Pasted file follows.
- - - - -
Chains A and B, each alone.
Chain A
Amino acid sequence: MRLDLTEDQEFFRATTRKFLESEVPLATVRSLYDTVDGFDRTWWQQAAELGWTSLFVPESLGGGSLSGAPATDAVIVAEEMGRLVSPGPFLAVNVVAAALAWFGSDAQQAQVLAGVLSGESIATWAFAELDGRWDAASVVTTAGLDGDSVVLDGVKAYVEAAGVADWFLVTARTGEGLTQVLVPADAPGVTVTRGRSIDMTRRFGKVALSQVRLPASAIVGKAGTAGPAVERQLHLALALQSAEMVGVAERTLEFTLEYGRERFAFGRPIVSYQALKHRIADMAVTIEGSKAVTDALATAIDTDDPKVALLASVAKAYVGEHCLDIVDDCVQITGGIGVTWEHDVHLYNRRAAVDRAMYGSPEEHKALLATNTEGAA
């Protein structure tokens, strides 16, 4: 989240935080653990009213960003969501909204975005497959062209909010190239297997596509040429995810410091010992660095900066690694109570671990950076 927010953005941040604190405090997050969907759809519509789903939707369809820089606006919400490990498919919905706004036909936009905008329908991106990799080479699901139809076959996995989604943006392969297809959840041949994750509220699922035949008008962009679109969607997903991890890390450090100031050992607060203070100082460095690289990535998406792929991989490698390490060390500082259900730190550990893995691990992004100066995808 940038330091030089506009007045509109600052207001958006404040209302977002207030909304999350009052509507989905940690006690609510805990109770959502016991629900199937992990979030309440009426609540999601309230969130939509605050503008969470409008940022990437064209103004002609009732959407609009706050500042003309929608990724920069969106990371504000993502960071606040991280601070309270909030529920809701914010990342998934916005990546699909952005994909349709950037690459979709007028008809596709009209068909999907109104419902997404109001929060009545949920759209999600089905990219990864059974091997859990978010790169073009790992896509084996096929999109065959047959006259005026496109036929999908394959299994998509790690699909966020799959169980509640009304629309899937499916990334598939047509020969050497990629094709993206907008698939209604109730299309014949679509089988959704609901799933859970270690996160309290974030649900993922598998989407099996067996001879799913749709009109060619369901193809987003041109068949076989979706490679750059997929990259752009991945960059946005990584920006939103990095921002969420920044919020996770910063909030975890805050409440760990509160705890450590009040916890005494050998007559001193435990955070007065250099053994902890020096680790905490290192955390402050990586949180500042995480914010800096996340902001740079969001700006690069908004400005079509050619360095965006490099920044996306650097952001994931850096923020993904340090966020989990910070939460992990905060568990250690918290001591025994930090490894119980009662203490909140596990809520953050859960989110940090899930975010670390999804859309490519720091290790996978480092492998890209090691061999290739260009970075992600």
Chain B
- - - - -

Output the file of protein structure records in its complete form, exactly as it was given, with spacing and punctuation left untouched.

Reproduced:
Chains A and B, each alone.
Chain A
Amino acid sequence: MRLDLTEDQEFFRATTRKFLESEVPLATVRSLYDTVDGFDRTWWQQAAELGWTSLFVPESLGGGSLSGAPATDAVIVAEEMGRLVSPGPFLAVNVVAAALAWFGSDAQQAQVLAGVLSGESIATWAFAELDGRWDAASVVTTAGLDGDSVVLDGVKAYVEAAGVADWFLVTARTGEGLTQVLVPADAPGVTVTRGRSIDMTRRFGKVALSQVRLPASAIVGKAGTAGPAVERQLHLALALQSAEMVGVAERTLEFTLEYGRERFAFGRPIVSYQALKHRIADMAVTIEGSKAVTDALATAIDTDDPKVALLASVAKAYVGEHCLDIVDDCVQITGGIGVTWEHDVHLYNRRAAVDRAMYGSPEEHKALLATNTEGAA
């Protein structure tokens, strides 16, 4: 989240935080653990009213960003969501909204975005497959062209909010190239297997596509040429995810410091010992660095900066690694109570671990950076 927010953005941040604190405090997050969907759809519509789903939707369809820089606006919400490990498919919905706004036909936009905008329908991106990799080479699901139809076959996995989604943006392969297809959840041949994750509220699922035949008008962009679109969607997903991890890390450090100031050992607060203070100082460095690289990535998406792929991989490698390490060390500082259900730190550990893995691990992004100066995808 940038330091030089506009007045509109600052207001958006404040209302977002207030909304999350009052509507989905940690006690609510805990109770959502016991629900199937992990979030309440009426609540999601309230969130939509605050503008969470409008940022990437064209103004002609009732959407609009706050500042003309929608990724920069969106990371504000993502960071606040991280601070309270909030529920809701914010990342998934916005990546699909952005994909349709950037690459979709007028008809596709009209068909999907109104419902997404109001929060009545949920759209999600089905990219990864059974091997859990978010790169073009790992896509084996096929999109065959047959006259005026496109036929999908394959299994998509790690699909966020799959169980509640009304629309899937499916990334598939047509020969050497990629094709993206907008698939209604109730299309014949679509089988959704609901799933859970270690996160309290974030649900993922598998989407099996067996001879799913749709009109060619369901193809987003041109068949076989979706490679750059997929990259752009991945960059946005990584920006939103990095921002969420920044919020996770910063909030975890805050409440760990509160705890450590009040916890005494050998007559001193435990955070007065250099053994902890020096680790905490290192955390402050990586949180500042995480914010800096996340902001740079969001700006690069908004400005079509050619360095965006490099920044996306650097952001994931850096923020993904340090966020989990910070939460992990905060568990250690918290001591025994930090490894119980009662203490909140596990809520953050859960989110940090899930975010670390999804859309490519720091290790996978480092492998890209090691061999290739260009970075992600």
Chain B